NASCAR Revs Up Lobby Effort
With its top sponsors near collapse, NASCAR will begin lobbying Congress next week to help rescue domestic automobile producers, a sector that pumps $100 million per year into the sport.
NASCAR officials declined to confirm the outreach efforts, other than to offer an expression of support for the domestic auto industry and the productive relationship the industry has had with motorsports for many decades.
But with its own livelihood perhaps at stake, an industry insider said the privately owned and historically apolitical sport may have no choice but to start burning up the phone lines on behalf of its largest underwriters and the legions of fans who work on assembly lines in Detroit and elsewhere.
The Big Three collectively are major pillars of the sport, and obviously many employees of those firms are automotive enthusiasts and fans, a motorsports insider told Roll Call on Friday. The folks who work across the industry are predisposed to be friends of NASCAR.
And with Congress lame duck do-over scheduled to begin Dec. 8, the source added that in the next seven days NASCAR will begin reaching out to Members, particularly Republicans from the mid-Atlantic and South, where stock car racing is particularly popular.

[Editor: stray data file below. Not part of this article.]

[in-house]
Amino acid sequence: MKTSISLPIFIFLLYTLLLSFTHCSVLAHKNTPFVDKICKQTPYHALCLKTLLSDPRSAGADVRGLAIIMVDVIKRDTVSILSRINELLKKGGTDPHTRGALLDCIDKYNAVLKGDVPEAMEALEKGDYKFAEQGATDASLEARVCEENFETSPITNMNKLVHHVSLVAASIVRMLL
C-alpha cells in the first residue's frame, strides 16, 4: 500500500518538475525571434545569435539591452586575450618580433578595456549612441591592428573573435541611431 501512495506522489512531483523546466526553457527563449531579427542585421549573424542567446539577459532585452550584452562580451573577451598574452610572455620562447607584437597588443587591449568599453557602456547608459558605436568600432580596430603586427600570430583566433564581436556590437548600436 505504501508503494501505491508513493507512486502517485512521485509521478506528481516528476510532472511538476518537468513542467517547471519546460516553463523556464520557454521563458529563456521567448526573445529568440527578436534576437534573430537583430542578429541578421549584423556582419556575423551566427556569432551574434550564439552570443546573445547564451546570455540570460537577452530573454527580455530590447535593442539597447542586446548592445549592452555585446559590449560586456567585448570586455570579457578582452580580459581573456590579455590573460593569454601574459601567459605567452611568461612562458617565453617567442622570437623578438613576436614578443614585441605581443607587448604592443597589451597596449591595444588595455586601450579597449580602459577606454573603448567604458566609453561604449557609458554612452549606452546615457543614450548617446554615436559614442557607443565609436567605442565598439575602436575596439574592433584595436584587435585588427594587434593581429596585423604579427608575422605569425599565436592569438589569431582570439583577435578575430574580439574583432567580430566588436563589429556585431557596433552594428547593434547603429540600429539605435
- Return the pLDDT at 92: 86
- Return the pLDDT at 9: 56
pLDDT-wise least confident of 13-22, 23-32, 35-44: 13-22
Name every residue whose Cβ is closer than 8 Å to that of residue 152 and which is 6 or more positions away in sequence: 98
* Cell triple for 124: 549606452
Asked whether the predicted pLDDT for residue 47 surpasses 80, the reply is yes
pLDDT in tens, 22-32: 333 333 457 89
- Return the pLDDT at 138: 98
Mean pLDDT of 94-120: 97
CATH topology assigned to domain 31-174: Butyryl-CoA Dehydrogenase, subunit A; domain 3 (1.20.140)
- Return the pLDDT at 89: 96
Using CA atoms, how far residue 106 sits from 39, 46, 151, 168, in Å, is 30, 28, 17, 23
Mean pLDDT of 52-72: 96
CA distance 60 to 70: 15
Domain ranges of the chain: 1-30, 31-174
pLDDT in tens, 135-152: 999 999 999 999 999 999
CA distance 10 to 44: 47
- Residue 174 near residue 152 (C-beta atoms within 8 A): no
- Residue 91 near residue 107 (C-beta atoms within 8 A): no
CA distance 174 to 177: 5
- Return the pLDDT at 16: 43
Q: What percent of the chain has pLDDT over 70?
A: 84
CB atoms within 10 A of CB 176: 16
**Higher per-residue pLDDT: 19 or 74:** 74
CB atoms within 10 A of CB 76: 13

After a tense hearing last Thursday, Congressional leaders sent executives from General Motors Corp., Ford Motor Co. and Chrysler back to the drawing board, demanding that the companies come up with a path to viability before lawmakers sign off on a $25 billion bailout package.
With virtually no presence in Washington, D.C., organization officials will spend the coming days exploring how to best proceed, the source said. In addition to possibly contacting Members directly, the motorsports giant may join other professional sports leagues in enlisting an outside firm to help make the sale.
In the past, NASCAR has worked with the J.C. Watts Cos., a firm started by the former Republican House Member from Oklahoma. The organization also has a long-standing relationship with the law firm of Baker Botts, which has a D.C. office.